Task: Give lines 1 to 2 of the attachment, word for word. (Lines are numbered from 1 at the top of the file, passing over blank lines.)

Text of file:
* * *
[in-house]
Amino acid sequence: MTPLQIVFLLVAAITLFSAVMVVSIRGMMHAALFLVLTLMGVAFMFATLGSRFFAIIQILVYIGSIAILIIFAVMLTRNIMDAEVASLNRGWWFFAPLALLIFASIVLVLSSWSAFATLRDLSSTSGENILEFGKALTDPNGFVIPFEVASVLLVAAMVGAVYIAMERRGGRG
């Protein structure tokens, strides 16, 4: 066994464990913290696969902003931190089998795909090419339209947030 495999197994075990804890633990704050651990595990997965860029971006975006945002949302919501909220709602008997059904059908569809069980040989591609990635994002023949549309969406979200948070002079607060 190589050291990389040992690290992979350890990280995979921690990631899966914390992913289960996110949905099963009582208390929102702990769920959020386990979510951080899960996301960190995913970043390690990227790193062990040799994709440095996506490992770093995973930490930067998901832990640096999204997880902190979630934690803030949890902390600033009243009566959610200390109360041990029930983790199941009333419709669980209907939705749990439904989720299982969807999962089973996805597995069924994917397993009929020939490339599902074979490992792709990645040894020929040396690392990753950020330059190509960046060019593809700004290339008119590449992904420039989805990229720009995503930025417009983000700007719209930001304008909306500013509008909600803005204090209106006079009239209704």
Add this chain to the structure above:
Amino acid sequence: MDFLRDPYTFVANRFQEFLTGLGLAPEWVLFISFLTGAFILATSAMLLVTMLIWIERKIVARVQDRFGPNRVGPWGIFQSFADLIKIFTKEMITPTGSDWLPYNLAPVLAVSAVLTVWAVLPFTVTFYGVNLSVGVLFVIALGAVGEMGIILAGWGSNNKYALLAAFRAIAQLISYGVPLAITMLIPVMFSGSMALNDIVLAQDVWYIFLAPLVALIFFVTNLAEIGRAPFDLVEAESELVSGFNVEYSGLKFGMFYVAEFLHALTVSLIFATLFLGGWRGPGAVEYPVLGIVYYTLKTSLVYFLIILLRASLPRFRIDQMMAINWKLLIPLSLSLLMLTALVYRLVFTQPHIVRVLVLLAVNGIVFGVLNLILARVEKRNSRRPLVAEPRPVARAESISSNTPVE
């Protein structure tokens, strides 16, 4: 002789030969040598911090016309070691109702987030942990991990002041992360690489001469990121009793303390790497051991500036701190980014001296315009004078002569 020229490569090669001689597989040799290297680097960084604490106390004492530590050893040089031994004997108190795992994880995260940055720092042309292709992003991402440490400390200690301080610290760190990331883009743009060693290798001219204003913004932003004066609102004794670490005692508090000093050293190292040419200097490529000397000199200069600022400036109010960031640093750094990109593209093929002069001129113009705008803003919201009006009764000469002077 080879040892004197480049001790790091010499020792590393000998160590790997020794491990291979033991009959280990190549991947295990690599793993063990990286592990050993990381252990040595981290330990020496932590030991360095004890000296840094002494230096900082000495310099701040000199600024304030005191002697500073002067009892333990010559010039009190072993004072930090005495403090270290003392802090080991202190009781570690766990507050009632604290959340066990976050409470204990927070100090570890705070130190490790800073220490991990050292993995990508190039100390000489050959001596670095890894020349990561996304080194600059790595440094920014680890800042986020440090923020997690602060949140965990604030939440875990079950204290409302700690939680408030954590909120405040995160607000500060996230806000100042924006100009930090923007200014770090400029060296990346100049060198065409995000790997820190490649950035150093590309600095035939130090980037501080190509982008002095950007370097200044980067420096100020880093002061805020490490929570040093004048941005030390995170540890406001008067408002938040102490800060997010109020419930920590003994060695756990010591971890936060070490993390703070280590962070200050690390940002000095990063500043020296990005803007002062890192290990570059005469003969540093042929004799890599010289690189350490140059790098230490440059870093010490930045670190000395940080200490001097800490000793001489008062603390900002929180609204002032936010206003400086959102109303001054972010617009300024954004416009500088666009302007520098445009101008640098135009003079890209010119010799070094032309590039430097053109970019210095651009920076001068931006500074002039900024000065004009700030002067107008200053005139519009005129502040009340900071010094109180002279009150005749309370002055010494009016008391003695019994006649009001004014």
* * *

[in-house]
Amino acid sequence: MTPLQIVFLLVAAITLFSAVMVVSIRGMMHAALFLVLTLMGVAFMFATLGSRFFAIIQILVYIGSIAILIIFAVMLTRNIMDAEVASLNRGWWFFAPLALLIFASIVLVLSSWSAFATLRDLSSTSGENILEFGKALTDPNGFVIPFEVASVLLVAAMVGAVYIAMERRGGRG